The European Union (EU) is determined to lead the way of reducing marine litter worldwide. To do so, they proposed ambitious improvement with their goals and regulations. One of the top goals is reducing the amount of the top ten plastic items most commonly found on beaches, including cotton swabs, fishing gear, straw, and disposable silverware. Plastic can be found all throughout the ocean, waterways, and air which has already started to invade human bodies. Vice president of the European Commission wants the EU to be in the lead in cleaning up the oceans, and their first step includes banning the use of single-use plastics. Some countries in the EU have already reduced the amount of their waste. In a survey conducted by the EU, it stated that 85 percent of respondents have strong support of these intense measures. If these measures pass, it can take  up a year or more to fully implement them.

Some measures include replacing single-use plastic products with any viable alternatives. There will also be goals for member states to meet when reducing their plastic use. The Union wants to push more towards a deposit-refund system in hopes of recycling more than 90 percent of all plastic bottles by 2025. Therefore, producers can help cover the cost of waste management and raise awareness. When the EU sets in motion for reducing the amount of single-use plastics, they predict they can meet their goals and avoid 3.4 million metric tons of carbon dioxide emission by  2030. The EU is responsible for annually consuming about 46 billion bottles, 36 billion straws, 16 billion coffee cups, and two billion plastic  takeout containers in 2017, according to the Seas at Risk which is an organization of environmental groups across Europe.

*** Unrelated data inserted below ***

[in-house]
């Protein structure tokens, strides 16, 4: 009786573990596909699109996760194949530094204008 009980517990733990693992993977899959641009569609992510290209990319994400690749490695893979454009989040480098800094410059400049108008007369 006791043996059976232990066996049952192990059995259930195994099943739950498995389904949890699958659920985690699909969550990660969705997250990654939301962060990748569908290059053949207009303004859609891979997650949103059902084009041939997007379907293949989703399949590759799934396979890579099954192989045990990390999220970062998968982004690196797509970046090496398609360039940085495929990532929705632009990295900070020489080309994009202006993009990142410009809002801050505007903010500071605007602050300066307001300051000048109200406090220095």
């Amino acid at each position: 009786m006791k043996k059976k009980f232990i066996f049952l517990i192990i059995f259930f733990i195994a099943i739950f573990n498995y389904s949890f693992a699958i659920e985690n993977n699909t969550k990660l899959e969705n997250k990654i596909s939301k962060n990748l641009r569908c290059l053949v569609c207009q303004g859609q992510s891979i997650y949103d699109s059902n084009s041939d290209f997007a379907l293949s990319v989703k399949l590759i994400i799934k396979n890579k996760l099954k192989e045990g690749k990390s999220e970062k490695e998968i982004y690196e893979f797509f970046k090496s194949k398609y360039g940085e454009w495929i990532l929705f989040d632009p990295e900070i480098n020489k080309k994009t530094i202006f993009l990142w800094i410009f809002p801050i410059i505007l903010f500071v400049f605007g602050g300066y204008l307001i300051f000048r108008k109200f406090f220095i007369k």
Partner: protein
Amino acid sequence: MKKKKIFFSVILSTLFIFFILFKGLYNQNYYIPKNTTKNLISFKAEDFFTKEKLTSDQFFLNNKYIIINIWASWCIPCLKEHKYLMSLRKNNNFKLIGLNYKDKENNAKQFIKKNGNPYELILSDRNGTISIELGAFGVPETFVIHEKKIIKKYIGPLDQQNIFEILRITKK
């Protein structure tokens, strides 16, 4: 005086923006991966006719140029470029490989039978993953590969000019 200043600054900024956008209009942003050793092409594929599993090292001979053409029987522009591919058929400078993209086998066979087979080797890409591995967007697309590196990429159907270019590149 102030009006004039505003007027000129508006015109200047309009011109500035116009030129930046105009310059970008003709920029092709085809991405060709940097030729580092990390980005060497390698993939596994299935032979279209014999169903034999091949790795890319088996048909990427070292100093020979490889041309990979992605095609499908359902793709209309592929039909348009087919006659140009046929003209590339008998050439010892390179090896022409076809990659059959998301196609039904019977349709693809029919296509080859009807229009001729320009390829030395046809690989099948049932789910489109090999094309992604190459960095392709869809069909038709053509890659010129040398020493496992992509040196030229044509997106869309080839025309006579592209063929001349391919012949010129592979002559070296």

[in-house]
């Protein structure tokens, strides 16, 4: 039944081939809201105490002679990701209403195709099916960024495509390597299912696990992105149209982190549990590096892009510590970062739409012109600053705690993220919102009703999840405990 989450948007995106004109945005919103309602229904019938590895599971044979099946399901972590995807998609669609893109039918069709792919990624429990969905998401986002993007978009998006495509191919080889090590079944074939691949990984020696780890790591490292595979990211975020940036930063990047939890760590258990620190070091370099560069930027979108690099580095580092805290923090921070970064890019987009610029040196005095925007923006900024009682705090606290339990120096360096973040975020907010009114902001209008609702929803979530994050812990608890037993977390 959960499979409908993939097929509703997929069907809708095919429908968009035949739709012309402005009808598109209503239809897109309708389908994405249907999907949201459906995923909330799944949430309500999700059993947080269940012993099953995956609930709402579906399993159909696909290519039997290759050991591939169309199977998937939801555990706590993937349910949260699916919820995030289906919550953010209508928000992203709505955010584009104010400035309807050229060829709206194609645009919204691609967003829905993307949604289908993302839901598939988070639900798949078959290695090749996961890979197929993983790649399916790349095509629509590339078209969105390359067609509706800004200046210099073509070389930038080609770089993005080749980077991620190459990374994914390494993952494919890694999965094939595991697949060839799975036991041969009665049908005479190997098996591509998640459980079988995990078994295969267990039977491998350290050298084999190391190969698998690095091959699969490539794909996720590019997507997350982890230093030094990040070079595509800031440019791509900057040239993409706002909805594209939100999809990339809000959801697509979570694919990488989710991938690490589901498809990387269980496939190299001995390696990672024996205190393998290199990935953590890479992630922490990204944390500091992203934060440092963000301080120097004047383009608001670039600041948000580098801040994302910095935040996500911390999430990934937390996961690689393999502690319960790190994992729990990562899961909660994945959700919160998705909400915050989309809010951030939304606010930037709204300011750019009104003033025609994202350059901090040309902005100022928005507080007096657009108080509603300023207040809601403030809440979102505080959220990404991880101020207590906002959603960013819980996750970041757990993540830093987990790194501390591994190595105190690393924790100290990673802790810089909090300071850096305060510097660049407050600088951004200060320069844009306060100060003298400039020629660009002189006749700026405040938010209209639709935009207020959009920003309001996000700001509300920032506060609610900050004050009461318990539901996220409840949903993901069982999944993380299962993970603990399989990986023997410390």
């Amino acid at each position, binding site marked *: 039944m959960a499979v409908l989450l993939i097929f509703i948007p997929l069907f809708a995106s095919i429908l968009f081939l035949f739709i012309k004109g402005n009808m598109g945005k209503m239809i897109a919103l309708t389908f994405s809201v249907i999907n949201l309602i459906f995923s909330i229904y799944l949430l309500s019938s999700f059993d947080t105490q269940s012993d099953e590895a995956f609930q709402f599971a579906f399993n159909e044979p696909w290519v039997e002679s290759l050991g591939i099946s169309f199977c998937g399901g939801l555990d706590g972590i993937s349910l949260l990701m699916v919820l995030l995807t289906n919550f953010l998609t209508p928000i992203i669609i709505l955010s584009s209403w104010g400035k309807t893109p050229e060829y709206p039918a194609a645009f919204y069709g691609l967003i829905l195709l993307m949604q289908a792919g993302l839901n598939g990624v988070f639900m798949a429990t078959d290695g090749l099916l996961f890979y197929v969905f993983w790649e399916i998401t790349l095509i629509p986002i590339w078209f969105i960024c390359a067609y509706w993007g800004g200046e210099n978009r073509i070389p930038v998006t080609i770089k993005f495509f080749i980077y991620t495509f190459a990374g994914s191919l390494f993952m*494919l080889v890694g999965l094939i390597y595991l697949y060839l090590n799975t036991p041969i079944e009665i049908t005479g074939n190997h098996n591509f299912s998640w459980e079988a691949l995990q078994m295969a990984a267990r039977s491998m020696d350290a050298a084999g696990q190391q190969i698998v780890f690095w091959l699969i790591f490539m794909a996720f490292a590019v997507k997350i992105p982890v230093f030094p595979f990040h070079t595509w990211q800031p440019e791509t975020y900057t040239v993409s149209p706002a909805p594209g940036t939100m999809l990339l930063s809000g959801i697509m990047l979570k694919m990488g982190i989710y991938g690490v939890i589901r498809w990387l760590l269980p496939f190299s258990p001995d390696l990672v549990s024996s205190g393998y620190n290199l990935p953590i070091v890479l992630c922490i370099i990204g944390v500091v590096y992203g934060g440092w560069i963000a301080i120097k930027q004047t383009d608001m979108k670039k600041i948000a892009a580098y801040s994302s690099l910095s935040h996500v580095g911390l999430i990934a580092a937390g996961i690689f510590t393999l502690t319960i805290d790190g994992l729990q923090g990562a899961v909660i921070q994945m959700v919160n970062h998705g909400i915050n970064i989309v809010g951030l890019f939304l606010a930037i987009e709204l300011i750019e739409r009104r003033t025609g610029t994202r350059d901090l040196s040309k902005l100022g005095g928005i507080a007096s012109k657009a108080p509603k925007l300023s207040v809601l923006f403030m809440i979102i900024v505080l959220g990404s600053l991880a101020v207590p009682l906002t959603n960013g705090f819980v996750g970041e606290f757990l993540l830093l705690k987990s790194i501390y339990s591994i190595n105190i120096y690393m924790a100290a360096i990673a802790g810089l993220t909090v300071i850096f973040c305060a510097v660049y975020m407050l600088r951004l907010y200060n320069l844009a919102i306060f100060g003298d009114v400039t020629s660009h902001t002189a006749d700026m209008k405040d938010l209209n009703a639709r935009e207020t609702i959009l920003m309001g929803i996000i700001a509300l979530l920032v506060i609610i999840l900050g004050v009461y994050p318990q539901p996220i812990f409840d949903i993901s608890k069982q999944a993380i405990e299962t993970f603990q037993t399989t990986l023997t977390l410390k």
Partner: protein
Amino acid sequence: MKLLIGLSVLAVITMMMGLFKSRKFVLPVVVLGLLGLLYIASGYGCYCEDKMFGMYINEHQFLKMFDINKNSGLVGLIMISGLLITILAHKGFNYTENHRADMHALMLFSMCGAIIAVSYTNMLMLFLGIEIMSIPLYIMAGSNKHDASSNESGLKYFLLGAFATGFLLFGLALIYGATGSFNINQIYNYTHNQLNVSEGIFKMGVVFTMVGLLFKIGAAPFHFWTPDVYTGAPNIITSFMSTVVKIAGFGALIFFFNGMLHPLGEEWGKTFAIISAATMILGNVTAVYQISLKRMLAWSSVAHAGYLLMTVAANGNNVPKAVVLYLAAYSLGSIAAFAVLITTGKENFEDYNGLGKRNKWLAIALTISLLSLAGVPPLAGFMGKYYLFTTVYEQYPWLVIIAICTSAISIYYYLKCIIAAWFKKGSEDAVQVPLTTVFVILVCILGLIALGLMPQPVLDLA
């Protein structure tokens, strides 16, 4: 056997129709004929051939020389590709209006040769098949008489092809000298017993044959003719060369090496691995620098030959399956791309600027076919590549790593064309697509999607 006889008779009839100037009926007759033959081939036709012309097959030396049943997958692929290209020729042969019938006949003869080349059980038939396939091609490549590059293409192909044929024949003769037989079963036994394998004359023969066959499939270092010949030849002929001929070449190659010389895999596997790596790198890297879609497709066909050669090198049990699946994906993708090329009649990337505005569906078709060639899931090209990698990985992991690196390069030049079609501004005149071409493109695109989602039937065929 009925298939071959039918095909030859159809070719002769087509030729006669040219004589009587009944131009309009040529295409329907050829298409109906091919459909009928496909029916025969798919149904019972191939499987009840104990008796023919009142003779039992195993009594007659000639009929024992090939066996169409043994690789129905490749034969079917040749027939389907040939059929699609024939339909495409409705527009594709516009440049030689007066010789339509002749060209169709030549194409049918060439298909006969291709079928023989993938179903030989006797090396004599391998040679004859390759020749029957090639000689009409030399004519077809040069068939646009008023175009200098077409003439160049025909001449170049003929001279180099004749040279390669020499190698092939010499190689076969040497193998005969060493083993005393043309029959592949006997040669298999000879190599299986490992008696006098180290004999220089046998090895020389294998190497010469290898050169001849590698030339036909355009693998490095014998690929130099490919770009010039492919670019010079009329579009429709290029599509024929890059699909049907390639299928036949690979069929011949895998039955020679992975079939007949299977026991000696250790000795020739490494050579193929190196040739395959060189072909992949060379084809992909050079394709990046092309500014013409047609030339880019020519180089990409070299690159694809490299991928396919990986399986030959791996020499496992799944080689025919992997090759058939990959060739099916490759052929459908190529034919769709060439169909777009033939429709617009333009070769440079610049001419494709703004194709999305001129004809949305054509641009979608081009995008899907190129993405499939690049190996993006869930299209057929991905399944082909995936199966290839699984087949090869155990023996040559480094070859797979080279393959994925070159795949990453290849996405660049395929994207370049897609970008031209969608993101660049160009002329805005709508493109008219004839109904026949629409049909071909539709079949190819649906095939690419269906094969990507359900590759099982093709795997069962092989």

Stakeholders of the plastic production industry wish to see a change and urge the producers to share responsibility for raising awareness and managing waste. They applauded the  European Commission’s proposal and agreed that further action needed to tak  place. However, on the other side with the lobbyist watchdog groups, they said that these actions would be met with resistance and view the proposed regulations as “a horror prospect.” Some countries have banned some plastics. In 2015 and 2016, France then Italy banned the  ultralightweight plastic bags. Belgium, Denmark, and Scotland plan to ban  single-use plastic this year with Italy, Portugal, and Spain in the coming  years.

The New York Time